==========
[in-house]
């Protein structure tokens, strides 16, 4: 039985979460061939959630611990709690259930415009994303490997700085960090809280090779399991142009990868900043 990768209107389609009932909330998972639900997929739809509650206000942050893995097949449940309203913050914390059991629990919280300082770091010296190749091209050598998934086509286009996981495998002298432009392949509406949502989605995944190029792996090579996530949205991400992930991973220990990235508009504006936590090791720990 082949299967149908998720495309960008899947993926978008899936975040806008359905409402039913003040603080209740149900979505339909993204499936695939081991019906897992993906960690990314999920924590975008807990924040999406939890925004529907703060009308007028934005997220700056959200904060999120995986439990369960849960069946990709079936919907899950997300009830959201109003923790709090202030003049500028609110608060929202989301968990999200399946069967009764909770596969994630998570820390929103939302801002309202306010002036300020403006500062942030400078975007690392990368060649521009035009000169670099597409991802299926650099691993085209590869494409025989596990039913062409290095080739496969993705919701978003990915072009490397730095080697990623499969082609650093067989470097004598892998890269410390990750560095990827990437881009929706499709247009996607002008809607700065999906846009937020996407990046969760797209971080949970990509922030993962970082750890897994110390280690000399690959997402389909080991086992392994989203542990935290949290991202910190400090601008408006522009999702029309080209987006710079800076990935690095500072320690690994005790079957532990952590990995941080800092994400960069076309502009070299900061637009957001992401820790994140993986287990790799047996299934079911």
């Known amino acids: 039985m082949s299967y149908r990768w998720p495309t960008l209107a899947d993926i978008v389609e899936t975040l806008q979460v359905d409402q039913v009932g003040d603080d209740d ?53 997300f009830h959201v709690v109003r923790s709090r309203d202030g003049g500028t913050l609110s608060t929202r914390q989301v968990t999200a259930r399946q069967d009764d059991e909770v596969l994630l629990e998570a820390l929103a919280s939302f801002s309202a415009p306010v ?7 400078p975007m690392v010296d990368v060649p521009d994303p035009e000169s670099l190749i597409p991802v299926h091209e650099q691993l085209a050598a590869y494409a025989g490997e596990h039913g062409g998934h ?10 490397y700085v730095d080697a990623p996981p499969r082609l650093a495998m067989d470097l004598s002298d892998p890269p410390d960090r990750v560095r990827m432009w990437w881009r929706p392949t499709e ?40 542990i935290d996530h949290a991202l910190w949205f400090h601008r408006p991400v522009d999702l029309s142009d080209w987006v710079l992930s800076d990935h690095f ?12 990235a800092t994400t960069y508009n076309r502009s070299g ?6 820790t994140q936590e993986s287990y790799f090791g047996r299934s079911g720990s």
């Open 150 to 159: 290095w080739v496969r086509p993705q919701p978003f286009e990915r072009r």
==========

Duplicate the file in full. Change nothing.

[in-house]
């Protein structure tokens, strides 16, 4: 039985979460061939959630611990709690259930415009994303490997700085960090809280090779399991142009990868900043 990768209107389609009932909330998972639900997929739809509650206000942050893995097949449940309203913050914390059991629990919280300082770091010296190749091209050598998934086509286009996981495998002298432009392949509406949502989605995944190029792996090579996530949205991400992930991973220990990235508009504006936590090791720990 082949299967149908998720495309960008899947993926978008899936975040806008359905409402039913003040603080209740149900979505339909993204499936695939081991019906897992993906960690990314999920924590975008807990924040999406939890925004529907703060009308007028934005997220700056959200904060999120995986439990369960849960069946990709079936919907899950997300009830959201109003923790709090202030003049500028609110608060929202989301968990999200399946069967009764909770596969994630998570820390929103939302801002309202306010002036300020403006500062942030400078975007690392990368060649521009035009000169670099597409991802299926650099691993085209590869494409025989596990039913062409290095080739496969993705919701978003990915072009490397730095080697990623499969082609650093067989470097004598892998890269410390990750560095990827990437881009929706499709247009996607002008809607700065999906846009937020996407990046969760797209971080949970990509922030993962970082750890897994110390280690000399690959997402389909080991086992392994989203542990935290949290991202910190400090601008408006522009999702029309080209987006710079800076990935690095500072320690690994005790079957532990952590990995941080800092994400960069076309502009070299900061637009957001992401820790994140993986287990790799047996299934079911």
């Known amino acids: 039985m082949s299967y149908r990768w998720p495309t960008l209107a899947d993926i978008v389609e899936t975040l806008q979460v359905d409402q039913v009932g003040d603080d209740d ?53 997300f009830h959201v709690v109003r923790s709090r309203d202030g003049g500028t913050l609110s608060t929202r914390q989301v968990t999200a259930r399946q069967d009764d059991e909770v596969l994630l629990e998570a820390l929103a919280s939302f801002s309202a415009p306010v ?7 400078p975007m690392v010296d990368v060649p521009d994303p035009e000169s670099l190749i597409p991802v299926h091209e650099q691993l085209a050598a590869y494409a025989g490997e596990h039913g062409g998934h ?10 490397y700085v730095d080697a990623p996981p499969r082609l650093a495998m067989d470097l004598s002298d892998p890269p410390d960090r990750v560095r990827m432009w990437w881009r929706p392949t499709e ?40 542990i935290d996530h949290a991202l910190w949205f400090h601008r408006p991400v522009d999702l029309s142009d080209w987006v710079l992930s800076d990935h690095f ?12 990235a800092t994400t960069y508009n076309r502009s070299g ?6 820790t994140q936590e993986s287990y790799f090791g047996r299934s079911g720990s």
């Open 150 to 159: 290095w080739v496969r086509p993705q919701p978003f286009e990915r072009r």